I was introduced to the remote, impoverished village of Anupshahr, India by a patient in my Internal Medicine practice in the U.S. My patient, an enthusiastic and dedicated volunteer, who was building the village’s only toilets implored me to accompany him on a visit to this place in poverty-stricken northern India.
What I saw there, or rather what I didn’t see there, convinced me that my help was greatly needed and welcomed. There were no doctors, no antibiotics, no testing, no care for newborns and many ill-conceived notions about diseases and health in general. There were some government issues vaccines but the organization and administration of these were haphazard at best.
The disparity in medical care given between girls and boys was obvious from the start. If a girl child became ill she may be neglected, where as a boy child’s health would take a priority. Even if a family used any resources they had to get their child to a city for treatment, that care may be substandard. The fact that there was little to no health care seemed to be fully accepted.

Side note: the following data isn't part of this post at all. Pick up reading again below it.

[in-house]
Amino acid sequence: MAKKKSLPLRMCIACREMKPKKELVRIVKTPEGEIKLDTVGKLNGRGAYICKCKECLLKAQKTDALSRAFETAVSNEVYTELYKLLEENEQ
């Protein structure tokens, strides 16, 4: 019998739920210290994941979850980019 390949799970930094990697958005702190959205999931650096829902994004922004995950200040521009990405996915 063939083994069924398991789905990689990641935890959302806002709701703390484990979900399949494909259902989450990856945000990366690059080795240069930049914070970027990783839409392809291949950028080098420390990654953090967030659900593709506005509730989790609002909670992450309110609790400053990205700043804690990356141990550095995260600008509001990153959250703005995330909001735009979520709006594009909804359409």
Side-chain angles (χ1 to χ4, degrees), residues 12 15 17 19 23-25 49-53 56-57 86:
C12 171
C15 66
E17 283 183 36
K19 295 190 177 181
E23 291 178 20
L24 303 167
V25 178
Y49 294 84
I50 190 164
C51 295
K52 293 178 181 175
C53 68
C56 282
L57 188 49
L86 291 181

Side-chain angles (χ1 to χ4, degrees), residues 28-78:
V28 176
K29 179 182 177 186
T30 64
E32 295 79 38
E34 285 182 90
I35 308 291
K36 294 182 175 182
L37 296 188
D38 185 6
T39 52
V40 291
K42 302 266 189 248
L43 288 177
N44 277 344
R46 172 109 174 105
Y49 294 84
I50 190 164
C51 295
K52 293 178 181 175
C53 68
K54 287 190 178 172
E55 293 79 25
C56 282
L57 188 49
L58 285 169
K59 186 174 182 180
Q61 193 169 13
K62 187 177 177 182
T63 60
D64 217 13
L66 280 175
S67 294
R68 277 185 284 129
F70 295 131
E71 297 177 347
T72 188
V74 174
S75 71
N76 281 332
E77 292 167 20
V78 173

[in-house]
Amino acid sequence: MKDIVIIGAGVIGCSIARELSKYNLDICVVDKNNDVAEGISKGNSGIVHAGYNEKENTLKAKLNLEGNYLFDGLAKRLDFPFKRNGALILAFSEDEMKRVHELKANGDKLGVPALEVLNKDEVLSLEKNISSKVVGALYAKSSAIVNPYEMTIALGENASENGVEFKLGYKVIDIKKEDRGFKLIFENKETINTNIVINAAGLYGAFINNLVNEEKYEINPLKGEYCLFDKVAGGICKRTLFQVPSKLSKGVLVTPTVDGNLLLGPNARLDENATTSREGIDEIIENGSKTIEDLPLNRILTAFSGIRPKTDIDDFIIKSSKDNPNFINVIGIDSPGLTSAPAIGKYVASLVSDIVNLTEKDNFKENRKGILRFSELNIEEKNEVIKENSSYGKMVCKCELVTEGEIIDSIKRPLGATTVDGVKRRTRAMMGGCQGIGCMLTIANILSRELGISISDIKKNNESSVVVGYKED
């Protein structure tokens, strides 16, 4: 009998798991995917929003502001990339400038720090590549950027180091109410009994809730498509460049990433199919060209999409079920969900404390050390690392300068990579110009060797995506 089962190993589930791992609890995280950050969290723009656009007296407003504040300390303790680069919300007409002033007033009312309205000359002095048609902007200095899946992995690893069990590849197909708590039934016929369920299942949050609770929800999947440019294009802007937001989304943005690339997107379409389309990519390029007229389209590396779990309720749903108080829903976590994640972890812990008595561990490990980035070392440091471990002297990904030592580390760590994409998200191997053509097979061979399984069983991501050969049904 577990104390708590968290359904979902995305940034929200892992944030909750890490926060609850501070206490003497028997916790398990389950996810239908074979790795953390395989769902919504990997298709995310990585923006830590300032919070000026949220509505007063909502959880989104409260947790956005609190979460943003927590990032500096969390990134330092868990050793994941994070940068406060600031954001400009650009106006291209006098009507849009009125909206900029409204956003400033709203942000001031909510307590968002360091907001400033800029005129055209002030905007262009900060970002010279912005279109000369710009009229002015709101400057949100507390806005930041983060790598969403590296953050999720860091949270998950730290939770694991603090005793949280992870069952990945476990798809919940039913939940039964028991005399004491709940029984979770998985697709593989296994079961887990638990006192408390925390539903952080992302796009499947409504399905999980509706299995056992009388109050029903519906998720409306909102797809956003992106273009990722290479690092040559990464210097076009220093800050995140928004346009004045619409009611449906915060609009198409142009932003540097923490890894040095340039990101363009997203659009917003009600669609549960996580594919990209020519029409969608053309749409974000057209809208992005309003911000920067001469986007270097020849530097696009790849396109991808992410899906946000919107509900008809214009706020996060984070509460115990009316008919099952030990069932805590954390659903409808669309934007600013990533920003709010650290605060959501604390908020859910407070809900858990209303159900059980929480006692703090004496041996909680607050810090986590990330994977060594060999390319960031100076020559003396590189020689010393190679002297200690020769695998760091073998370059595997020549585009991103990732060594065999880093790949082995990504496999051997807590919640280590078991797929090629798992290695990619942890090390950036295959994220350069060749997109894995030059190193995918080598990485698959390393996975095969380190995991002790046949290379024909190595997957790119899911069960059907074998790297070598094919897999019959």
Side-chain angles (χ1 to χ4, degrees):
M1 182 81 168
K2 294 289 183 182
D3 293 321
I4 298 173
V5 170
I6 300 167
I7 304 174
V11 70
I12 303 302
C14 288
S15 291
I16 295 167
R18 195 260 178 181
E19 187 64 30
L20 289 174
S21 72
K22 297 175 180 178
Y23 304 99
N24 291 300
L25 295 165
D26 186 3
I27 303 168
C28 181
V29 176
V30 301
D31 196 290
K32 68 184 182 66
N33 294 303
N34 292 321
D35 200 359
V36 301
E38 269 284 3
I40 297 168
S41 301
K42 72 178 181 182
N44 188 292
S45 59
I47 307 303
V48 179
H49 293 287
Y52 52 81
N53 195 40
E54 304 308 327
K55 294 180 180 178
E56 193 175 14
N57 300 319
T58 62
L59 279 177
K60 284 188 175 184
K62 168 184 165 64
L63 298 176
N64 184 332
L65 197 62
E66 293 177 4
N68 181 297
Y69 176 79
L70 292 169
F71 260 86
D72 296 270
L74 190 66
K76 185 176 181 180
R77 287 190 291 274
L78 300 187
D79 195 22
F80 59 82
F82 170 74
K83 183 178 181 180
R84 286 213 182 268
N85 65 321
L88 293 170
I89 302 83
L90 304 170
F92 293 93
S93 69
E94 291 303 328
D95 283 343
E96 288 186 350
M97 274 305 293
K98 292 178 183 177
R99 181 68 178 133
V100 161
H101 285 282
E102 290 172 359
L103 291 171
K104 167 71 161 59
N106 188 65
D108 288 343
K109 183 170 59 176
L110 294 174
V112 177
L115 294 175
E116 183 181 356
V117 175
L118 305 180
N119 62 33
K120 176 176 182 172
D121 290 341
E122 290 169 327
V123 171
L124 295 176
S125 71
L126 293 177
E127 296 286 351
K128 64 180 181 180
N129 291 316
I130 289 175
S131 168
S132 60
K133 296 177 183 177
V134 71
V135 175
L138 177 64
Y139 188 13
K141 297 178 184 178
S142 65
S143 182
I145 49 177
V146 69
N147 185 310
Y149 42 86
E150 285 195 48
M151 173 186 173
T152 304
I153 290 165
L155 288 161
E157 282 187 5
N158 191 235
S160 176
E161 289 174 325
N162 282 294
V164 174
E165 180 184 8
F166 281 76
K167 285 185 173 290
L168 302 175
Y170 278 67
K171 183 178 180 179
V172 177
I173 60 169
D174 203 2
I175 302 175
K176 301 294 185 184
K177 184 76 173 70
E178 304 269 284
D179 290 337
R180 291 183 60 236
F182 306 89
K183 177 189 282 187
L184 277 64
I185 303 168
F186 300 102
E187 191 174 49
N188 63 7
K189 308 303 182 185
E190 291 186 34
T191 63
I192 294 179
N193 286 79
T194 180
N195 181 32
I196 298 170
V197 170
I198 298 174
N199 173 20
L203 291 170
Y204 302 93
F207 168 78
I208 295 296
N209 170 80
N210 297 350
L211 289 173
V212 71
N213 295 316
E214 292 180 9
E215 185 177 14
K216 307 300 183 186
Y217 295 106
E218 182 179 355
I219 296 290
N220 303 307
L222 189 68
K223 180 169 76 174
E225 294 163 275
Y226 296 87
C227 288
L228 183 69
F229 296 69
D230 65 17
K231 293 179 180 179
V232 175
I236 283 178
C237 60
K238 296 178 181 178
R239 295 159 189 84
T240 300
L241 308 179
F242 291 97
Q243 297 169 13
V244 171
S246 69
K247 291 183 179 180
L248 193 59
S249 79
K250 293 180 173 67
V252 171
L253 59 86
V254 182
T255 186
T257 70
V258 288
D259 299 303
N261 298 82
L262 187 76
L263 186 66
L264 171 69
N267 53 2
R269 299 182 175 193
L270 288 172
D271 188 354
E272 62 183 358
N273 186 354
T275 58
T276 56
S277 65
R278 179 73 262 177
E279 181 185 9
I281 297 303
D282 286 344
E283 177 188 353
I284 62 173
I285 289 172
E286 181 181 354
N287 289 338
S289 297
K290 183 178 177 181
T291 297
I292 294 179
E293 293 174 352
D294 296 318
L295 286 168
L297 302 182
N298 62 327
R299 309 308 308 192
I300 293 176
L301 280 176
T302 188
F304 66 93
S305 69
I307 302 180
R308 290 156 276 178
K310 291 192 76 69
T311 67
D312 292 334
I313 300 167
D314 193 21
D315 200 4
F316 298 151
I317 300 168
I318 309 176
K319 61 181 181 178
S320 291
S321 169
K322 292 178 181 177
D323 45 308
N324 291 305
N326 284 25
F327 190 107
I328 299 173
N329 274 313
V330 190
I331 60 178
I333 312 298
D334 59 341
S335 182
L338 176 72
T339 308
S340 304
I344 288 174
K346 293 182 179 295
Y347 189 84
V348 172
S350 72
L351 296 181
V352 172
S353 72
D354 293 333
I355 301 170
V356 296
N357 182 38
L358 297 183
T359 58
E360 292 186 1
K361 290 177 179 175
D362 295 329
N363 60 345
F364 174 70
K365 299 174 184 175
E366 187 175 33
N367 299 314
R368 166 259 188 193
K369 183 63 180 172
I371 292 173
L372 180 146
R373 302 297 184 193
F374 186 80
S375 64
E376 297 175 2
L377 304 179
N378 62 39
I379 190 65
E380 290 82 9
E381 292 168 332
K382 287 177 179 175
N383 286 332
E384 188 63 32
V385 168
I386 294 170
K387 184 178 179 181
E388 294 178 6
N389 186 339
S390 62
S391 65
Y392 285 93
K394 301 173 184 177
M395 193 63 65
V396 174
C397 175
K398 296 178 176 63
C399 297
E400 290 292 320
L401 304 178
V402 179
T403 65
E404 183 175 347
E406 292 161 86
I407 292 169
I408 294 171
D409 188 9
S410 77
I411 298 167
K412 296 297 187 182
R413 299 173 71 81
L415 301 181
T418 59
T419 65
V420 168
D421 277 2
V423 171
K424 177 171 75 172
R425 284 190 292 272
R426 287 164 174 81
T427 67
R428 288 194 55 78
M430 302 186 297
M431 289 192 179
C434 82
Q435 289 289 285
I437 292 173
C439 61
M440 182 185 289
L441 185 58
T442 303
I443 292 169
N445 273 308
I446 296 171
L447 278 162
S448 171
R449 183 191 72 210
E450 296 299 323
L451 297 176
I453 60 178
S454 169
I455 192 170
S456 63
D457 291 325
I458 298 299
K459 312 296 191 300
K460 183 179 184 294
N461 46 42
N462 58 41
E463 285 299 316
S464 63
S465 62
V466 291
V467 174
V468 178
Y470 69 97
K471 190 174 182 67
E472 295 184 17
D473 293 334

I knew at that first visit that I was fully committed to bringing quality health care to this indigent population. I wanted them to understand that regardless of caste, gender, religion, etc., their lives mattered.
With the generosity and hard work of many, we have realized the dream of having a free standing clinic on the grounds of PPES in Anupshahr. This bright and clean space allows us to invite interested medical professionals to volunteer and utilize their talents for this incredibly rewarding and worthwhile mission of bringing healthcare to some of the poorest people in the world.